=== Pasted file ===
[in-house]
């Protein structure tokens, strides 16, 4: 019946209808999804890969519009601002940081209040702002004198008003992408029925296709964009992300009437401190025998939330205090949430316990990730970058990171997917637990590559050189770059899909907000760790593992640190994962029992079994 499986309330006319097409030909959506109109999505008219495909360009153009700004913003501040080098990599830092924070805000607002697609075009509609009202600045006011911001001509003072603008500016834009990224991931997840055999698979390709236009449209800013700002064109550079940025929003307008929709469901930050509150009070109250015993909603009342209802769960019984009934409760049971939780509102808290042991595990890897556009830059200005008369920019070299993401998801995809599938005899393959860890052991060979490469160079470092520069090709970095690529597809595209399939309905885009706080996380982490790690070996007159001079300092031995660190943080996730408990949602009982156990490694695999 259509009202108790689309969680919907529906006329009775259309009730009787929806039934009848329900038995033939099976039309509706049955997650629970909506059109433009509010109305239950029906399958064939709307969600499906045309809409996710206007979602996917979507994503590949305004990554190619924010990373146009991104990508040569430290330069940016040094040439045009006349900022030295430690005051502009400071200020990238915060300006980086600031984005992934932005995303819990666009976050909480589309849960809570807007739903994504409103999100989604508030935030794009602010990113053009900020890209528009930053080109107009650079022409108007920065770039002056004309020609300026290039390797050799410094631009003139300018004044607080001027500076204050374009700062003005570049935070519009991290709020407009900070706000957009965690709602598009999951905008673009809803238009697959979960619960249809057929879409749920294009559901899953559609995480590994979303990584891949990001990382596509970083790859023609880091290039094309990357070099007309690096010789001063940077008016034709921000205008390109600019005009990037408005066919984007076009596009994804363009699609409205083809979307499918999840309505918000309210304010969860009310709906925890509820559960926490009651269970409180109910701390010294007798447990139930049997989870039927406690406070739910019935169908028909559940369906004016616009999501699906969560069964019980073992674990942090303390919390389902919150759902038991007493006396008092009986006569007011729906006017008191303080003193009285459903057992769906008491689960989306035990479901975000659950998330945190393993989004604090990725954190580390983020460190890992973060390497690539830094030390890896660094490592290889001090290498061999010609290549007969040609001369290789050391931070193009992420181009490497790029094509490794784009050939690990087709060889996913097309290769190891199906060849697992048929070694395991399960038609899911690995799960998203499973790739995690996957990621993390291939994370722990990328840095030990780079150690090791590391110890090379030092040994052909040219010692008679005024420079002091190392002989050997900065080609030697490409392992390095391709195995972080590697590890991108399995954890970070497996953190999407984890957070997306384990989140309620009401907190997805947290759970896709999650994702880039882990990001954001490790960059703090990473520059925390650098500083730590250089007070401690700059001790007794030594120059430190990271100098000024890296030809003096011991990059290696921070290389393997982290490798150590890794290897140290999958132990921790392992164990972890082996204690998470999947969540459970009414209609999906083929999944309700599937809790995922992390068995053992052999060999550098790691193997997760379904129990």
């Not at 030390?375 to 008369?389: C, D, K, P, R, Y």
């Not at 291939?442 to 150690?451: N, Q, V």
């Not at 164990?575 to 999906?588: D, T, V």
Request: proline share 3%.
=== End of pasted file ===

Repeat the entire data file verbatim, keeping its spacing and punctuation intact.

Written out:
[in-house]
């Protein structure tokens, strides 16, 4: 019946209808999804890969519009601002940081209040702002004198008003992408029925296709964009992300009437401190025998939330205090949430316990990730970058990171997917637990590559050189770059899909907000760790593992640190994962029992079994 499986309330006319097409030909959506109109999505008219495909360009153009700004913003501040080098990599830092924070805000607002697609075009509609009202600045006011911001001509003072603008500016834009990224991931997840055999698979390709236009449209800013700002064109550079940025929003307008929709469901930050509150009070109250015993909603009342209802769960019984009934409760049971939780509102808290042991595990890897556009830059200005008369920019070299993401998801995809599938005899393959860890052991060979490469160079470092520069090709970095690529597809595209399939309905885009706080996380982490790690070996007159001079300092031995660190943080996730408990949602009982156990490694695999 259509009202108790689309969680919907529906006329009775259309009730009787929806039934009848329900038995033939099976039309509706049955997650629970909506059109433009509010109305239950029906399958064939709307969600499906045309809409996710206007979602996917979507994503590949305004990554190619924010990373146009991104990508040569430290330069940016040094040439045009006349900022030295430690005051502009400071200020990238915060300006980086600031984005992934932005995303819990666009976050909480589309849960809570807007739903994504409103999100989604508030935030794009602010990113053009900020890209528009930053080109107009650079022409108007920065770039002056004309020609300026290039390797050799410094631009003139300018004044607080001027500076204050374009700062003005570049935070519009991290709020407009900070706000957009965690709602598009999951905008673009809803238009697959979960619960249809057929879409749920294009559901899953559609995480590994979303990584891949990001990382596509970083790859023609880091290039094309990357070099007309690096010789001063940077008016034709921000205008390109600019005009990037408005066919984007076009596009994804363009699609409205083809979307499918999840309505918000309210304010969860009310709906925890509820559960926490009651269970409180109910701390010294007798447990139930049997989870039927406690406070739910019935169908028909559940369906004016616009999501699906969560069964019980073992674990942090303390919390389902919150759902038991007493006396008092009986006569007011729906006017008191303080003193009285459903057992769906008491689960989306035990479901975000659950998330945190393993989004604090990725954190580390983020460190890992973060390497690539830094030390890896660094490592290889001090290498061999010609290549007969040609001369290789050391931070193009992420181009490497790029094509490794784009050939690990087709060889996913097309290769190891199906060849697992048929070694395991399960038609899911690995799960998203499973790739995690996957990621993390291939994370722990990328840095030990780079150690090791590391110890090379030092040994052909040219010692008679005024420079002091190392002989050997900065080609030697490409392992390095391709195995972080590697590890991108399995954890970070497996953190999407984890957070997306384990989140309620009401907190997805947290759970896709999650994702880039882990990001954001490790960059703090990473520059925390650098500083730590250089007070401690700059001790007794030594120059430190990271100098000024890296030809003096011991990059290696921070290389393997982290490798150590890794290897140290999958132990921790392992164990972890082996204690998470999947969540459970009414209609999906083929999944309700599937809790995922992390068995053992052999060999550098790691193997997760379904129990």
């Not at 030390?375 to 008369?389: C, D, K, P, R, Y």
């Not at 291939?442 to 150690?451: N, Q, V």
């Not at 164990?575 to 999906?588: D, T, V």
Request: proline share 3%.